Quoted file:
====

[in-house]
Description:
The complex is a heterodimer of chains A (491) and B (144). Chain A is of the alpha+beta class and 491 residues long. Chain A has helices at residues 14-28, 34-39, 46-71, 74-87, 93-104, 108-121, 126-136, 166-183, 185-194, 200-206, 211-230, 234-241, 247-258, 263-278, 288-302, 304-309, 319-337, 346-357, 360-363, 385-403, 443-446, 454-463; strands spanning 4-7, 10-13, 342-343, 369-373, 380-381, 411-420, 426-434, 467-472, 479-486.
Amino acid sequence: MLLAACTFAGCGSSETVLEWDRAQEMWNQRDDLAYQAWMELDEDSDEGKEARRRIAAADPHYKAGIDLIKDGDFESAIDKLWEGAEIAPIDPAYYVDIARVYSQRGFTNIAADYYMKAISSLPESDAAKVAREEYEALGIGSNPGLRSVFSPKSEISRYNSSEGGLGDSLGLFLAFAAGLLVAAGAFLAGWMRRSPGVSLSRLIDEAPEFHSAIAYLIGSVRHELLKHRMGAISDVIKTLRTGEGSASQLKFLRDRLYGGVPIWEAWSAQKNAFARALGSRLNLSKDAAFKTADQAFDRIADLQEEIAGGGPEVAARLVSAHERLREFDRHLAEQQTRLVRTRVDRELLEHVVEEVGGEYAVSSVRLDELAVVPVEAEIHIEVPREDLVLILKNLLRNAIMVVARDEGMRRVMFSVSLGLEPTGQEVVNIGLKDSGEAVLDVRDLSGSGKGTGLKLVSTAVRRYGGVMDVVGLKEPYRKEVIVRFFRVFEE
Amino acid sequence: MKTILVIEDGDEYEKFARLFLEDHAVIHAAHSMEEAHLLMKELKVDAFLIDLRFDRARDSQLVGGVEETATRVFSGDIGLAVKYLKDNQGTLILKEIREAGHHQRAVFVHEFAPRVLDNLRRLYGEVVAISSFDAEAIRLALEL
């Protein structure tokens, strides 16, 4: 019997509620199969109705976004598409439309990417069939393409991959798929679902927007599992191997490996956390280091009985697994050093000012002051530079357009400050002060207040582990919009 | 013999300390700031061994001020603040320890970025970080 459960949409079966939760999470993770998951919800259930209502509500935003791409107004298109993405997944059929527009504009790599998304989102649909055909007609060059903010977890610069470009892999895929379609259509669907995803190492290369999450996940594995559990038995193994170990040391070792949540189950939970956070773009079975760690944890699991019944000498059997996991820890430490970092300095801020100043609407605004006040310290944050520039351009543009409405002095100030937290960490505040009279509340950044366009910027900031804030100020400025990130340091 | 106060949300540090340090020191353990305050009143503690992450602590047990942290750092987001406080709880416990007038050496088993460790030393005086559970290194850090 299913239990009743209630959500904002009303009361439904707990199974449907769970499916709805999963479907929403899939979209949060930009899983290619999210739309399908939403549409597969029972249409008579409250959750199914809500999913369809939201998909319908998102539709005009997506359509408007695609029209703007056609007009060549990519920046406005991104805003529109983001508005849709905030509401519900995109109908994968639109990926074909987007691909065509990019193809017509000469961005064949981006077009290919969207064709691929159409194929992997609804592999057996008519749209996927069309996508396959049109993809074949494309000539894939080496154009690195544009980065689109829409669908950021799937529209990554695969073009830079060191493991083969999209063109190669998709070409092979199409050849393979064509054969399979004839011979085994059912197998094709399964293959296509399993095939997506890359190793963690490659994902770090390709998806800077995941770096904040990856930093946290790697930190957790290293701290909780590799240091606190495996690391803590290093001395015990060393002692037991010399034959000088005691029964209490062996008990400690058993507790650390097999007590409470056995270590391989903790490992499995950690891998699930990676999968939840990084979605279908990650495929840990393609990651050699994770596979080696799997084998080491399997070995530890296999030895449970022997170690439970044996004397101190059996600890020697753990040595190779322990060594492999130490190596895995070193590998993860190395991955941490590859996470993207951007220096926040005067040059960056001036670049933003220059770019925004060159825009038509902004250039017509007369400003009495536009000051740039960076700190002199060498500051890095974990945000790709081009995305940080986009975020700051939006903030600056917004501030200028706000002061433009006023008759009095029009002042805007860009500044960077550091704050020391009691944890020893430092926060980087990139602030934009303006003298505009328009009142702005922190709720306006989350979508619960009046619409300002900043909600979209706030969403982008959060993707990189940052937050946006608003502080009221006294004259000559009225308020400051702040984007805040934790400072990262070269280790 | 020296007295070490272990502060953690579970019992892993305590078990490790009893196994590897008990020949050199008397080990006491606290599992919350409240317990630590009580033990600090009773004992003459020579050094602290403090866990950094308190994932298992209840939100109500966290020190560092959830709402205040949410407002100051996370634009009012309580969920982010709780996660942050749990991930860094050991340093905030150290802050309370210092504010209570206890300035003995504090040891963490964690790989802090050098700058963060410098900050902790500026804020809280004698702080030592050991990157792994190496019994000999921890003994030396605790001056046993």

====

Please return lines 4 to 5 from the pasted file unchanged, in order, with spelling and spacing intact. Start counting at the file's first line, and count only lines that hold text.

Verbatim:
Amino acid sequence: MLLAACTFAGCGSSETVLEWDRAQEMWNQRDDLAYQAWMELDEDSDEGKEARRRIAAADPHYKAGIDLIKDGDFESAIDKLWEGAEIAPIDPAYYVDIARVYSQRGFTNIAADYYMKAISSLPESDAAKVAREEYEALGIGSNPGLRSVFSPKSEISRYNSSEGGLGDSLGLFLAFAAGLLVAAGAFLAGWMRRSPGVSLSRLIDEAPEFHSAIAYLIGSVRHELLKHRMGAISDVIKTLRTGEGSASQLKFLRDRLYGGVPIWEAWSAQKNAFARALGSRLNLSKDAAFKTADQAFDRIADLQEEIAGGGPEVAARLVSAHERLREFDRHLAEQQTRLVRTRVDRELLEHVVEEVGGEYAVSSVRLDELAVVPVEAEIHIEVPREDLVLILKNLLRNAIMVVARDEGMRRVMFSVSLGLEPTGQEVVNIGLKDSGEAVLDVRDLSGSGKGTGLKLVSTAVRRYGGVMDVVGLKEPYRKEVIVRFFRVFEE
Amino acid sequence: MKTILVIEDGDEYEKFARLFLEDHAVIHAAHSMEEAHLLMKELKVDAFLIDLRFDRARDSQLVGGVEETATRVFSGDIGLAVKYLKDNQGTLILKEIREAGHHQRAVFVHEFAPRVLDNLRRLYGEVVAISSFDAEAIRLALEL